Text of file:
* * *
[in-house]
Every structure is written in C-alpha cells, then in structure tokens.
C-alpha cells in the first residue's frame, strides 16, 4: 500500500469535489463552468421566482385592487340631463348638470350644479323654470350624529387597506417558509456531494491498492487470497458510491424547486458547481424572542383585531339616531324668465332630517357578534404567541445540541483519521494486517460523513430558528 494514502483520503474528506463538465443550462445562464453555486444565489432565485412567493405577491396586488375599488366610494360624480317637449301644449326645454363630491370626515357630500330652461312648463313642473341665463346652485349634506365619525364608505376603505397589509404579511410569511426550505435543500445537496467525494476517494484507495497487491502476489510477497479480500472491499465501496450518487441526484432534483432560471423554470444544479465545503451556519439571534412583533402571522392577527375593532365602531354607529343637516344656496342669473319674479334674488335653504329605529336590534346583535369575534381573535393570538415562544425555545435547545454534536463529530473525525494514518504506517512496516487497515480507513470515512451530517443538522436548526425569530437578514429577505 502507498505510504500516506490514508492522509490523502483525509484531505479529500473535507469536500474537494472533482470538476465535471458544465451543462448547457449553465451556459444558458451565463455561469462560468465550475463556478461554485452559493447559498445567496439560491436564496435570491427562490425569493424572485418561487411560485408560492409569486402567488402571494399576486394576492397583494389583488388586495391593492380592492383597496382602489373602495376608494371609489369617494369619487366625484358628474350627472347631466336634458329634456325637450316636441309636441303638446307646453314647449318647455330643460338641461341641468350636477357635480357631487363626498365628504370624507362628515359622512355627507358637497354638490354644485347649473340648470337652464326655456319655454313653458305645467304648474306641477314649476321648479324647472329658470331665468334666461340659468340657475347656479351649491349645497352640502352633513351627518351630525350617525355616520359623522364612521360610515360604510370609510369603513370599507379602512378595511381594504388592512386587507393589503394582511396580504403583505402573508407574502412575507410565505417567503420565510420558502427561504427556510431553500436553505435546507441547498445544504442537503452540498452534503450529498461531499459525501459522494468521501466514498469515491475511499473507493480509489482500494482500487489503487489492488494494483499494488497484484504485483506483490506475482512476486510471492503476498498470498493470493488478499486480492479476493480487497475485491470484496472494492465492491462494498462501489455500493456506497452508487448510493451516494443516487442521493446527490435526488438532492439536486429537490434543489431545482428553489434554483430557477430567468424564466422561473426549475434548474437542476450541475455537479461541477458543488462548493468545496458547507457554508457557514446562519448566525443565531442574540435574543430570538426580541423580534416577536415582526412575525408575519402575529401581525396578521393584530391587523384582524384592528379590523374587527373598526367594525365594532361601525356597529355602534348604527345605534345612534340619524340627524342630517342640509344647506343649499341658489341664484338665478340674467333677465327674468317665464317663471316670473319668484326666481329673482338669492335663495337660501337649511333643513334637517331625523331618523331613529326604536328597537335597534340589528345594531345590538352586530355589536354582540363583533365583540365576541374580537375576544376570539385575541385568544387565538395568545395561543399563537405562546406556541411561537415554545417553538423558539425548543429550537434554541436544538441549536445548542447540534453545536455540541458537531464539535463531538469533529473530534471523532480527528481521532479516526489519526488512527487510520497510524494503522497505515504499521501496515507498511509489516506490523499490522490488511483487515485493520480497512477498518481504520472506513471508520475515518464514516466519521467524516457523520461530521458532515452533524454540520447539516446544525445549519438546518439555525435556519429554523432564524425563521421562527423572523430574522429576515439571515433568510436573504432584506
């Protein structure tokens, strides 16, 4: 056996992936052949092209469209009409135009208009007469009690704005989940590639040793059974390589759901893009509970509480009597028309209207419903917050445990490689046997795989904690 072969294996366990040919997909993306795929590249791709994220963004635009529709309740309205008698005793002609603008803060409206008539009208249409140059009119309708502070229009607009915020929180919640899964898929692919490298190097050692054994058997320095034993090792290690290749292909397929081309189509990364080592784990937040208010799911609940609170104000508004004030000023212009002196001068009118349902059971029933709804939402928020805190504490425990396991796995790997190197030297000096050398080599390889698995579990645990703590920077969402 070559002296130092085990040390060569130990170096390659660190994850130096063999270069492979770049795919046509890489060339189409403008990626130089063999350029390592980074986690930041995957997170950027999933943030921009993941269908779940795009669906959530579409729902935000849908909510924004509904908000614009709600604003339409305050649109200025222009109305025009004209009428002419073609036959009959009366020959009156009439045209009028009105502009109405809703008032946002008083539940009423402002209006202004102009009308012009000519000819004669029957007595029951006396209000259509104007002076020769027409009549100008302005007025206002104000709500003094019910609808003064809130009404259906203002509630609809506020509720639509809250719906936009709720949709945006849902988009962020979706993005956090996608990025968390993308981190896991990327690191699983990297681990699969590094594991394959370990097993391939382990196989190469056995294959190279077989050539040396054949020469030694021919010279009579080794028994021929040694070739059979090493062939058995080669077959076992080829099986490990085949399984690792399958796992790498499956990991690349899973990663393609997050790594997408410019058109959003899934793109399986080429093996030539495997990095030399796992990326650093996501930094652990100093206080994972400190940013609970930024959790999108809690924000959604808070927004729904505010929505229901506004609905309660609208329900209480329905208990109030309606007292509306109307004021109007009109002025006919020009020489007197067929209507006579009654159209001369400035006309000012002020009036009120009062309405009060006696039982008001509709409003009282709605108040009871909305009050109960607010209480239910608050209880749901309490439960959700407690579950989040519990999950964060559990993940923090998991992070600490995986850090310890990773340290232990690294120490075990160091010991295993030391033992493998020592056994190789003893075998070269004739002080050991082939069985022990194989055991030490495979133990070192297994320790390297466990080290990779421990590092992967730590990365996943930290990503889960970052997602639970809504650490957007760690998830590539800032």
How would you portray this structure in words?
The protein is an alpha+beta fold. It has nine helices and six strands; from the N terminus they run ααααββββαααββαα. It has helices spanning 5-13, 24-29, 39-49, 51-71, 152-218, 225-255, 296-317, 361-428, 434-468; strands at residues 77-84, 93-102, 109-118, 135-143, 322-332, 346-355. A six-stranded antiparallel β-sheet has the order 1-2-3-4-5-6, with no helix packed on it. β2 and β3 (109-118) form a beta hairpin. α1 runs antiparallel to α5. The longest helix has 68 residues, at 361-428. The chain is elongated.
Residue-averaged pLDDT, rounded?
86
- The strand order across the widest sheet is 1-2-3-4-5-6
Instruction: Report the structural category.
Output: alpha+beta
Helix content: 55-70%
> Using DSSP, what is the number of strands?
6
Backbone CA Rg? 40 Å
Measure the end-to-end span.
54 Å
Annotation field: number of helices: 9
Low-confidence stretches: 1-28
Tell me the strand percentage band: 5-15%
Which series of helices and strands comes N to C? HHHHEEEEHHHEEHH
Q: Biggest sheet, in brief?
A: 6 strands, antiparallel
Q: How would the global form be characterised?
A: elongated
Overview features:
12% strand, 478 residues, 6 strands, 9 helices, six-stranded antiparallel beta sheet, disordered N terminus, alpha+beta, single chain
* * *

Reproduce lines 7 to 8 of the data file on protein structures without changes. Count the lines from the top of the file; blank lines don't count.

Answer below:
Residue-averaged pLDDT, rounded?
86